He easily draws as much of a crowd as is permitted wherever he goes. Gliding on the water like a hot knife through butter. You may have seen him at his usual spots, either at Confederation Basin or down by the Pump House Museum.
“Everyone who sees it is amazed and wants to know more,” he said. “Some people want to try it, some people are afraid of it, but it’s my addiction these days.”
His name is Phill Yendt, and he’s been riding his electric hydro-foil for nearly two years — for him, it’s a great way to get outdoors and social distance.
It looks like a mini surfboard with a seat and propeller.
“I use this handheld remote to control the propeller,” he said “Other than that it’s just balance.”
The hydro-foil can reach speeds of nearly 45 kilometres per hour, but Yendt says the feeling of gliding on the water that fast becomes uncomfortable.
“I’ve only maxed it out to see if I could,” he added.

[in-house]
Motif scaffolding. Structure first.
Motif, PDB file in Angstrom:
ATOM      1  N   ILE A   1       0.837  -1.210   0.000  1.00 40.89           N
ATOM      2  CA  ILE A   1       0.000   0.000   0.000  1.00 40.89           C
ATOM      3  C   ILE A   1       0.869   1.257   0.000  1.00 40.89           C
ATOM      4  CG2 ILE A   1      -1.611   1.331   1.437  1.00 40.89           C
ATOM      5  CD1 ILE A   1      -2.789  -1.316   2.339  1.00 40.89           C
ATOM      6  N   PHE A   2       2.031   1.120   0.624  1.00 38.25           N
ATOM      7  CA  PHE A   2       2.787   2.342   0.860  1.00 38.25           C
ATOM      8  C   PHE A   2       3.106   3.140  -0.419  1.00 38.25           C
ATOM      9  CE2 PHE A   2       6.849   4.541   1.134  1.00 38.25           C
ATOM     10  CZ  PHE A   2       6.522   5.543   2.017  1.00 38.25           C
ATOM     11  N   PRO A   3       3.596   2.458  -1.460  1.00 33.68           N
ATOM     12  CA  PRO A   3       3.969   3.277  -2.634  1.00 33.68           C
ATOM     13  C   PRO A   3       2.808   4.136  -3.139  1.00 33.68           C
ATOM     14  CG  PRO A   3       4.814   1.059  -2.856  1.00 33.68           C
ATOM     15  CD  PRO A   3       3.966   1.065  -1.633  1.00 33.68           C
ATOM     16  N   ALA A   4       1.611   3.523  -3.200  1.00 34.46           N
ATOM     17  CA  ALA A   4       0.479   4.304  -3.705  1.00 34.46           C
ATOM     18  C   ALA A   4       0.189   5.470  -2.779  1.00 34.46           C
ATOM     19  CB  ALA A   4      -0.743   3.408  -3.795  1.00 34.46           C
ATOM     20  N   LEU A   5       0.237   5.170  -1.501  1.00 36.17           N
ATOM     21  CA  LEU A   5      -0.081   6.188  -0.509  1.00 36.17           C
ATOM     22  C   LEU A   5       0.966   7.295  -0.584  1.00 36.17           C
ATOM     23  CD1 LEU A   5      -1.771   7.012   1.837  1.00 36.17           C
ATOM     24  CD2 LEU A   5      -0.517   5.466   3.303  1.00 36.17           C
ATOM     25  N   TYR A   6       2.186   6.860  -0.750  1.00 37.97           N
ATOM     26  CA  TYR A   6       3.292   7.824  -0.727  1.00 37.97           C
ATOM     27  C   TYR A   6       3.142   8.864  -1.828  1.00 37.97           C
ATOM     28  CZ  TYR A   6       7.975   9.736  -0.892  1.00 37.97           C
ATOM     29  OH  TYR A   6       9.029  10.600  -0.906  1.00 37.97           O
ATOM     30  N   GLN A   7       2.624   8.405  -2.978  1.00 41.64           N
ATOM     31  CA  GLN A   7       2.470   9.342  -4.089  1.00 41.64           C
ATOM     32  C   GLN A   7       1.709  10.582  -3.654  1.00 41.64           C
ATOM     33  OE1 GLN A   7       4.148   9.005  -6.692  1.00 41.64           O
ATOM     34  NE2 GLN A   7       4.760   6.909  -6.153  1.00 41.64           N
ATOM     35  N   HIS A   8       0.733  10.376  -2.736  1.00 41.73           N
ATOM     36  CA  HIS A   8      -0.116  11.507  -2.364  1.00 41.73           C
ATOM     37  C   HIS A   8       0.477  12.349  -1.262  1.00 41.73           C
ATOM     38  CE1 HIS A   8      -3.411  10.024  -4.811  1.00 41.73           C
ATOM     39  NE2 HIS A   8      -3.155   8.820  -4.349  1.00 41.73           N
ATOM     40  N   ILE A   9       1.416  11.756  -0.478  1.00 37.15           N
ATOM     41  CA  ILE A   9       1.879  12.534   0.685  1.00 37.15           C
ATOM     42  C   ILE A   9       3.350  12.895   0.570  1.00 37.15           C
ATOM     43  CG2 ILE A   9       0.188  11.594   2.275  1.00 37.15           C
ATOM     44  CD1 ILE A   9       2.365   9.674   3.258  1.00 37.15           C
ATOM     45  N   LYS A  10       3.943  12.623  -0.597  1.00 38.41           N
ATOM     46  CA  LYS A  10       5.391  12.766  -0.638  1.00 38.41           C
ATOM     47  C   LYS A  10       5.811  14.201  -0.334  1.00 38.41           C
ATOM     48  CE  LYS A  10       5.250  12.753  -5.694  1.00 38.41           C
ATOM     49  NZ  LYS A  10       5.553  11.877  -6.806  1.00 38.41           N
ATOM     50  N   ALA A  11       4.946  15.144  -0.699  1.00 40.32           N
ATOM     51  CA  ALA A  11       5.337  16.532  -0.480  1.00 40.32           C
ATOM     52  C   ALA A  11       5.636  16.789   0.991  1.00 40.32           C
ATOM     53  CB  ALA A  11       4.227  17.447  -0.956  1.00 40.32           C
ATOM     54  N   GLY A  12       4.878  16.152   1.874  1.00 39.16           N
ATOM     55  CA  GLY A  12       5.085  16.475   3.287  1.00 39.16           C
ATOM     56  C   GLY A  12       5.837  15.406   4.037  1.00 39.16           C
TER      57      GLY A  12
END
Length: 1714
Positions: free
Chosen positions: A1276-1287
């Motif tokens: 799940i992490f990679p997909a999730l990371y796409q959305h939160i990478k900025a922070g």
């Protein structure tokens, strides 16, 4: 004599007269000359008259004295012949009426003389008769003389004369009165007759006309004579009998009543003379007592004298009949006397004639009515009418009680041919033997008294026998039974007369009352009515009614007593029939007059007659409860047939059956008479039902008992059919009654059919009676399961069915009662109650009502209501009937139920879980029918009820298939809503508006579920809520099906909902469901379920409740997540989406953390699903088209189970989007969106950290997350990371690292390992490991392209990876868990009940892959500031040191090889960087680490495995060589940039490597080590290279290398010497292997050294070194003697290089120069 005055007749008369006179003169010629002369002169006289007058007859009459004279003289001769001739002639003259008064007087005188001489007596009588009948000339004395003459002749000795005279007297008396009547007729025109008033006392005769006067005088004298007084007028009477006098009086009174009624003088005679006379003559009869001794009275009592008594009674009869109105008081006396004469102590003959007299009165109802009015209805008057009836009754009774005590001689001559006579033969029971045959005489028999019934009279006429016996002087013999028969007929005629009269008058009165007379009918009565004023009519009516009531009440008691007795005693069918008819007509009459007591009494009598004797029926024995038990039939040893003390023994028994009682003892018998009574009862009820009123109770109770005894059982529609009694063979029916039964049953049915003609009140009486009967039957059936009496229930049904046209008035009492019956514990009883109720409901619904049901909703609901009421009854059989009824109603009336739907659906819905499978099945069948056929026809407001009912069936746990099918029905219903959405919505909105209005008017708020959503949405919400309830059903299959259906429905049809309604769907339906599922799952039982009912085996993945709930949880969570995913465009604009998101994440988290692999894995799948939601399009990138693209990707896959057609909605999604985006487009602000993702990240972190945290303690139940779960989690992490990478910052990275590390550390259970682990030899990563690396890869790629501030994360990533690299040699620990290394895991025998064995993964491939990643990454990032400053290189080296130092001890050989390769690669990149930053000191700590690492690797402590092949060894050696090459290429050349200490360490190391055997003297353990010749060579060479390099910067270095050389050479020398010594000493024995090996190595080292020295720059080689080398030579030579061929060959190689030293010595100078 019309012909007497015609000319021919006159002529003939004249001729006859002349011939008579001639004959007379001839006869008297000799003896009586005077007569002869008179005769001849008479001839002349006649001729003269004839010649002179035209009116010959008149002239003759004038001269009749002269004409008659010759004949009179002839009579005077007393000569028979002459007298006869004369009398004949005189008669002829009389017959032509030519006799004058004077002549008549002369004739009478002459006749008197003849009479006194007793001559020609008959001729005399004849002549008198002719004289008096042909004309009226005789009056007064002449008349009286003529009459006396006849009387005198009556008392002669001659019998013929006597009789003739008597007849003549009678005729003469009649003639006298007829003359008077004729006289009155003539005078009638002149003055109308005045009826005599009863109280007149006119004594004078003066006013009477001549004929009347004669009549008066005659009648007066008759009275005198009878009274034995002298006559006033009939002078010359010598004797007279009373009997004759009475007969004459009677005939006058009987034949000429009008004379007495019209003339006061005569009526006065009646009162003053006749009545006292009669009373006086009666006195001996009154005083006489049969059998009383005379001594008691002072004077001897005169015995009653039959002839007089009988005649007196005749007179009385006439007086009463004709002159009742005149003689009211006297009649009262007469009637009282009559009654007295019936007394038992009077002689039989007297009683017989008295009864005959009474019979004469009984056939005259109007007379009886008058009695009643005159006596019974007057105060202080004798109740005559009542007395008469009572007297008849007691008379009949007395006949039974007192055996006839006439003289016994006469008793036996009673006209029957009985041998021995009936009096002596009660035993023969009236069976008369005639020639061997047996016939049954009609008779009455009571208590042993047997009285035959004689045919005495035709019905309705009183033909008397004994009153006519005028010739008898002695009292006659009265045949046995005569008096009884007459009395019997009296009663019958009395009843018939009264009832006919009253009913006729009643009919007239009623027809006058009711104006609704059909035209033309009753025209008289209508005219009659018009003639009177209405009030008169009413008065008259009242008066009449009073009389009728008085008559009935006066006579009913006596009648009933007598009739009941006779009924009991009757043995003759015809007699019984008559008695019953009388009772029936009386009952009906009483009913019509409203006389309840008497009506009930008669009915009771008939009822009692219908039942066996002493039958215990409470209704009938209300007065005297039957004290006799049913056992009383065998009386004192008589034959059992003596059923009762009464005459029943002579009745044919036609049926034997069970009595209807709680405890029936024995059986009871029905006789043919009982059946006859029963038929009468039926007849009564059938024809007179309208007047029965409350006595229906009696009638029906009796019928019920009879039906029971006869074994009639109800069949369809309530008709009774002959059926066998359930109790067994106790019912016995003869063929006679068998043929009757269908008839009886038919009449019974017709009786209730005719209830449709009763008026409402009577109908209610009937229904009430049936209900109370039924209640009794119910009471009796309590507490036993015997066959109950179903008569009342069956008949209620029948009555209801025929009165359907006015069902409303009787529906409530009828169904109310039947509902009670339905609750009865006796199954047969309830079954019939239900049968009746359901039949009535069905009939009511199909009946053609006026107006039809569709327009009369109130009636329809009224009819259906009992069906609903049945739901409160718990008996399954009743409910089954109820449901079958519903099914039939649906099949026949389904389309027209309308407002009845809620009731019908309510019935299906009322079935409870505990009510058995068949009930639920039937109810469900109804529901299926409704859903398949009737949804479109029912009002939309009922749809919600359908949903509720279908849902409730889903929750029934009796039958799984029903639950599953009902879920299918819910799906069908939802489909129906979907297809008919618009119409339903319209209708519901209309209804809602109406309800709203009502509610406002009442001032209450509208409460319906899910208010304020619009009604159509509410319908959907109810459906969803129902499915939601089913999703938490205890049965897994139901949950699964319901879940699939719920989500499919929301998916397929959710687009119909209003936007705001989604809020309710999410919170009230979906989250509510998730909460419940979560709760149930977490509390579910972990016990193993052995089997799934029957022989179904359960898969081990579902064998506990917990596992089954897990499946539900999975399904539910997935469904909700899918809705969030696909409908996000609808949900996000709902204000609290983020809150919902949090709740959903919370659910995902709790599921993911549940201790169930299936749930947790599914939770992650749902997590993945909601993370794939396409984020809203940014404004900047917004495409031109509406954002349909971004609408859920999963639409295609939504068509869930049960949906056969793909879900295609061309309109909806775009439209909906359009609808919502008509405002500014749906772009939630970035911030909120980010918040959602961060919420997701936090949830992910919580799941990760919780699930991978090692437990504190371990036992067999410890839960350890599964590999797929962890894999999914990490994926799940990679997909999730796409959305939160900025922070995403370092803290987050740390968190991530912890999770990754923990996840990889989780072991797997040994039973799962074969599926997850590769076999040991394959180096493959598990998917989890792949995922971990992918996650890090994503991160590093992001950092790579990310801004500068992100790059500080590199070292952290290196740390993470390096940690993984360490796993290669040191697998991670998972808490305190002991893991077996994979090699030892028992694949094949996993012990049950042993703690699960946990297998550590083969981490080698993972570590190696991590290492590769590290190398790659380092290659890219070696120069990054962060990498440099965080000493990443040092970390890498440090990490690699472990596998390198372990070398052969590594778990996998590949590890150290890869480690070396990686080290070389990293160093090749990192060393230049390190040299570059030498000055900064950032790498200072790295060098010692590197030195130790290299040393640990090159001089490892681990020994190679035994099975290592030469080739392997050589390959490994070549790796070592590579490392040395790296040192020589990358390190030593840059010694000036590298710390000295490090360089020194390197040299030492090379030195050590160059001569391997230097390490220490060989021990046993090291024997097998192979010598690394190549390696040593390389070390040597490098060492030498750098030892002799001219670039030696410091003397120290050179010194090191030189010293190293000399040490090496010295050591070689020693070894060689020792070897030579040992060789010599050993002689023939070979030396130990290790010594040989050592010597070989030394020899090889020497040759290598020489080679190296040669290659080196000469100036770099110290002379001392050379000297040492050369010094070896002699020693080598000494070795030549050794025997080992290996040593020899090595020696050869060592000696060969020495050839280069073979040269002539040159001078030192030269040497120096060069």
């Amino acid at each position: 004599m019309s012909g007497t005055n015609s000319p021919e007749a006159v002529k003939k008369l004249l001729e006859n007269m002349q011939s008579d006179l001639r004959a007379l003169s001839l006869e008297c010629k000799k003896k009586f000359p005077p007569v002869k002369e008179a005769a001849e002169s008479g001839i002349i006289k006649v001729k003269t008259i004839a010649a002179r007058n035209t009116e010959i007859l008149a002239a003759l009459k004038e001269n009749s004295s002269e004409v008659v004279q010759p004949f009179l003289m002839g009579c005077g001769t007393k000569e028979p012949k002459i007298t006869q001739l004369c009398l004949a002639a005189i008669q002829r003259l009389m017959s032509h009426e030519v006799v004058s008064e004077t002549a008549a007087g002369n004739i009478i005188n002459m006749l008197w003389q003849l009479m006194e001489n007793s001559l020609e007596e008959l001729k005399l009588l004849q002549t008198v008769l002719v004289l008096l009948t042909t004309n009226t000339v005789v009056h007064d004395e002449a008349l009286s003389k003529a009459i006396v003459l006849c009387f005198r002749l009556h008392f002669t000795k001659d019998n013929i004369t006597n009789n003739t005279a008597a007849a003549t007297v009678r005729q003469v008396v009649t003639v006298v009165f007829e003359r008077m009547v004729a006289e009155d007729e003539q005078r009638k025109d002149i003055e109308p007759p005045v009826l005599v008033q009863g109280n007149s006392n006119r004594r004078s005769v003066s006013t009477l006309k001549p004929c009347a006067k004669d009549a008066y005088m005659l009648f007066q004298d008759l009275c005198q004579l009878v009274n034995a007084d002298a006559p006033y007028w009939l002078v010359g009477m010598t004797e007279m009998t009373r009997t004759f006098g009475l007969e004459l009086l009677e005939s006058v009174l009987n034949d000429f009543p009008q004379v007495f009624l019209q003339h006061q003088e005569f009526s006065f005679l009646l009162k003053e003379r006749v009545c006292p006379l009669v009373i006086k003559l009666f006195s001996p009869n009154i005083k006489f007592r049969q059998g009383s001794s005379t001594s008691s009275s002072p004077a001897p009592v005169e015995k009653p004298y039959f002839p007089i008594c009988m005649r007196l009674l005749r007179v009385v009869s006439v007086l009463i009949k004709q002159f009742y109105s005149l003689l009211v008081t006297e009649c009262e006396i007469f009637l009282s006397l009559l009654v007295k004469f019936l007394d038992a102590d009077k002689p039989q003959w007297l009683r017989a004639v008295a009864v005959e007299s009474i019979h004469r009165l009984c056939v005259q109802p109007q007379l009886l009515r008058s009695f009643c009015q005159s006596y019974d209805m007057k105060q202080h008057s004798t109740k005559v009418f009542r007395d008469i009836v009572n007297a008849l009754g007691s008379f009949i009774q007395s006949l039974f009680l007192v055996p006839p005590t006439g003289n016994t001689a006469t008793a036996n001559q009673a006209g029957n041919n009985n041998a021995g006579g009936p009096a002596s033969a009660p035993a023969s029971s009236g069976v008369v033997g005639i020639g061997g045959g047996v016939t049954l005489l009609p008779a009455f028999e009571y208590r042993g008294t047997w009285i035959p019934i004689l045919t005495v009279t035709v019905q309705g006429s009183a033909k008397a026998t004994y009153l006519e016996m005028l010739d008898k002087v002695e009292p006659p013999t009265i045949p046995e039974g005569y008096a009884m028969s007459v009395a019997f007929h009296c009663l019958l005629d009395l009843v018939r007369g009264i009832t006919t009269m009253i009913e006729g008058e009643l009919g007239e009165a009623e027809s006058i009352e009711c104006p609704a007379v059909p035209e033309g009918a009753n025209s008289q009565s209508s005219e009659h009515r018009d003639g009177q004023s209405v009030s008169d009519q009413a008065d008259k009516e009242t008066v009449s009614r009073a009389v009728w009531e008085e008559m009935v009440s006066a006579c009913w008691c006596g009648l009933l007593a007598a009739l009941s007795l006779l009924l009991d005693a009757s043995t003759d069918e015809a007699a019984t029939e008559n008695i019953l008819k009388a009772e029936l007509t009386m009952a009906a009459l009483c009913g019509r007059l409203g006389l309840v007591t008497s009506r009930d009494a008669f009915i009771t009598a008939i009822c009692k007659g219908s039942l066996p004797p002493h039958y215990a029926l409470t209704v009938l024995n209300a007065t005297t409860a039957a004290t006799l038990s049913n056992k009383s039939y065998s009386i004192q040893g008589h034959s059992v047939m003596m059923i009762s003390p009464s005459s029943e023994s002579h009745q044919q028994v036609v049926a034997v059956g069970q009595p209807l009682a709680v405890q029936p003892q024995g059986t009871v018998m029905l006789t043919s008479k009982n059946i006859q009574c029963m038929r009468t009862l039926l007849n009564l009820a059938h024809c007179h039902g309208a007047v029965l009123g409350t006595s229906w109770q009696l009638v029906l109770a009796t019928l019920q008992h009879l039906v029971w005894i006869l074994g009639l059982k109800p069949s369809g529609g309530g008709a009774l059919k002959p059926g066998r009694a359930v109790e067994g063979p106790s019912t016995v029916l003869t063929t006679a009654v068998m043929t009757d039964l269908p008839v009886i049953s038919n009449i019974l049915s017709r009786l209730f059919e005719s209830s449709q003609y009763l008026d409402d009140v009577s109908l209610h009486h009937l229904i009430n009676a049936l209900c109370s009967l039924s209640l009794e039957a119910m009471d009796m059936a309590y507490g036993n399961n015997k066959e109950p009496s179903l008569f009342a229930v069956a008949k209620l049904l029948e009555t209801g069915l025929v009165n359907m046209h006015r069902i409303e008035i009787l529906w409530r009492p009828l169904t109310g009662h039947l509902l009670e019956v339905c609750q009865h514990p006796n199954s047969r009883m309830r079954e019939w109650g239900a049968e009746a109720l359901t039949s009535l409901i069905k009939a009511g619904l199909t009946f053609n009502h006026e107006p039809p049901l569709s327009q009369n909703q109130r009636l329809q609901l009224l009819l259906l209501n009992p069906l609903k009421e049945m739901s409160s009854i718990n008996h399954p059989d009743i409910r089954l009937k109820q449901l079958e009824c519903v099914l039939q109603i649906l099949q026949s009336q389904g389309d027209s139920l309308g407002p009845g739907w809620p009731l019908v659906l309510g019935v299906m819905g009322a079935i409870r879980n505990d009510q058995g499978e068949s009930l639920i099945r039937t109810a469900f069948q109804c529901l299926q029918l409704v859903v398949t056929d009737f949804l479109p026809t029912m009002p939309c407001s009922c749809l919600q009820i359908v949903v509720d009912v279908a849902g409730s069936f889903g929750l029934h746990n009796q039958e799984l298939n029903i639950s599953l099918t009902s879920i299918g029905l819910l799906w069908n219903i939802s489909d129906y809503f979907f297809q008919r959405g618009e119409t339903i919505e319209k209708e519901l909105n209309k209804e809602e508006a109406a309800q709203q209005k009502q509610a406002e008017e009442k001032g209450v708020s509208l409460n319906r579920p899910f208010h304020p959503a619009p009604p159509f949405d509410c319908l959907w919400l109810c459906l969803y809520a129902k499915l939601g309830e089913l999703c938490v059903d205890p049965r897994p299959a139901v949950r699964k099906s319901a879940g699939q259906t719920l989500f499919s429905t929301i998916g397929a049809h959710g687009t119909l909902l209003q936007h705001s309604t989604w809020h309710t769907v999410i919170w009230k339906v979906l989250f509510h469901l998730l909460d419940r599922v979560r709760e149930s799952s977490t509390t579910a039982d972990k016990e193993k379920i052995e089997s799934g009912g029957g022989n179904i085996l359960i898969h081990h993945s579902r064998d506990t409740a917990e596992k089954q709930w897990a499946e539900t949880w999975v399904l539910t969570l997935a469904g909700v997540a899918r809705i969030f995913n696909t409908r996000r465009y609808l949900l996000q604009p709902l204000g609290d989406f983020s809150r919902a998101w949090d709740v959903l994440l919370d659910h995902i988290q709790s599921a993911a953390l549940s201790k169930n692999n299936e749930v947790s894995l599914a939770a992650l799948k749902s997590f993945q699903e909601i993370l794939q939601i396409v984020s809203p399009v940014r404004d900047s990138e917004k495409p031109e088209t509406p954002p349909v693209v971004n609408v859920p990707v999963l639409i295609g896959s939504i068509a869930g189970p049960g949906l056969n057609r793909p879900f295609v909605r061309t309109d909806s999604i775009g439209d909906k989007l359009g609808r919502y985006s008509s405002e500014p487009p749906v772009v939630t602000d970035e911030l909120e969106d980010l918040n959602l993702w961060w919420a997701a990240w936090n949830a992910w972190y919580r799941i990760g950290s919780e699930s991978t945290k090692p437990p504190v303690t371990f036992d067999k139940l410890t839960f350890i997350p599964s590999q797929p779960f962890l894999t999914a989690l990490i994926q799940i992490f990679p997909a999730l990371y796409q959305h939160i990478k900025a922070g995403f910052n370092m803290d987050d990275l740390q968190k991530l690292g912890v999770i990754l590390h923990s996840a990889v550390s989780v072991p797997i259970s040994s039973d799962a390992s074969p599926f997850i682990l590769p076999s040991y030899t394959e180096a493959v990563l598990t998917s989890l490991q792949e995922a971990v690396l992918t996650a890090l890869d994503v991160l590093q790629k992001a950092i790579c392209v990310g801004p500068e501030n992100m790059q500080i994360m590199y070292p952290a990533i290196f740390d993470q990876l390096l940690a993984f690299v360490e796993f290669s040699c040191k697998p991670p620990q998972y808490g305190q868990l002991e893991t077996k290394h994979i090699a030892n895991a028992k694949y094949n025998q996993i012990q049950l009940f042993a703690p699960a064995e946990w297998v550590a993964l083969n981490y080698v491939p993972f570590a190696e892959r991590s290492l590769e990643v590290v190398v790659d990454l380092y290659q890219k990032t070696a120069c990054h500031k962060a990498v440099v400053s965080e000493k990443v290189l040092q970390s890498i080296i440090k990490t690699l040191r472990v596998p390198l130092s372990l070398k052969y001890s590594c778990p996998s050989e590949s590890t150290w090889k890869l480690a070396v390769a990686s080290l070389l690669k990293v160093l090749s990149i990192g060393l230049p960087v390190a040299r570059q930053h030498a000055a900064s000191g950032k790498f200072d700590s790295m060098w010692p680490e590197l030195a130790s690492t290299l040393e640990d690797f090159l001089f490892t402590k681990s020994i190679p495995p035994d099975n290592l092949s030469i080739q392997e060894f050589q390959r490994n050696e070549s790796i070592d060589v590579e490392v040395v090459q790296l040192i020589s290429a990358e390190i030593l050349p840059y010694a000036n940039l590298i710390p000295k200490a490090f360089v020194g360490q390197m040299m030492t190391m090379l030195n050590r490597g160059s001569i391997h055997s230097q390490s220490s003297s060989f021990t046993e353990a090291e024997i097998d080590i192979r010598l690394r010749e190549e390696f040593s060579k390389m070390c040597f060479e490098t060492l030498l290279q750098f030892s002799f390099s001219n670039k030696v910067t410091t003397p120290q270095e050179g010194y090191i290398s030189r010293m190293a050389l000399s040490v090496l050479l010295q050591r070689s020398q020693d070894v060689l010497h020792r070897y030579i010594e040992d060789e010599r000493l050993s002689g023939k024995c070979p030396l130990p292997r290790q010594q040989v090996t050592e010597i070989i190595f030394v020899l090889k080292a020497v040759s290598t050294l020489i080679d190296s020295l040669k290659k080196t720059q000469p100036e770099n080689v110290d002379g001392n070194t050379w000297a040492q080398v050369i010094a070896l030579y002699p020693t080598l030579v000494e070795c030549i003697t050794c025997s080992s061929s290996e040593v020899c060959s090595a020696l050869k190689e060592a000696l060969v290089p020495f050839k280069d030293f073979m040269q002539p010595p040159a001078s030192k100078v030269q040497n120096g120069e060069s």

It was years of watching the many kite-surfers along the Kingston shoreline that drew Yendt to this new sport. Many of the kite-surfers use an electric hydro-foil to reach the speeds they do, he said.
“It’s a unique feeling,” he said. “You’re basically standing two feet above water — it’s just this, sort of, a feeling flying.”
And when he’s reaching those speeds and gliding along the waters the way he does, you can’t hear a thing.
“It’s whisper-quiet,” he described it. “If you’re riding on a sea-doo or you’re wakeboarding, you can hear that constant smashing of the water. This when you’re lifting up above the water, there’s such little drag it’s almost complete silence.”
He’ll even ride behind the Wolfe Islander III if the weather is right. With a year and a half of experience under his belt, Yendt said he’s become a partner with the manufacturer and can offer lessons under their umbrella. For more information Phill can be reached at [email protected].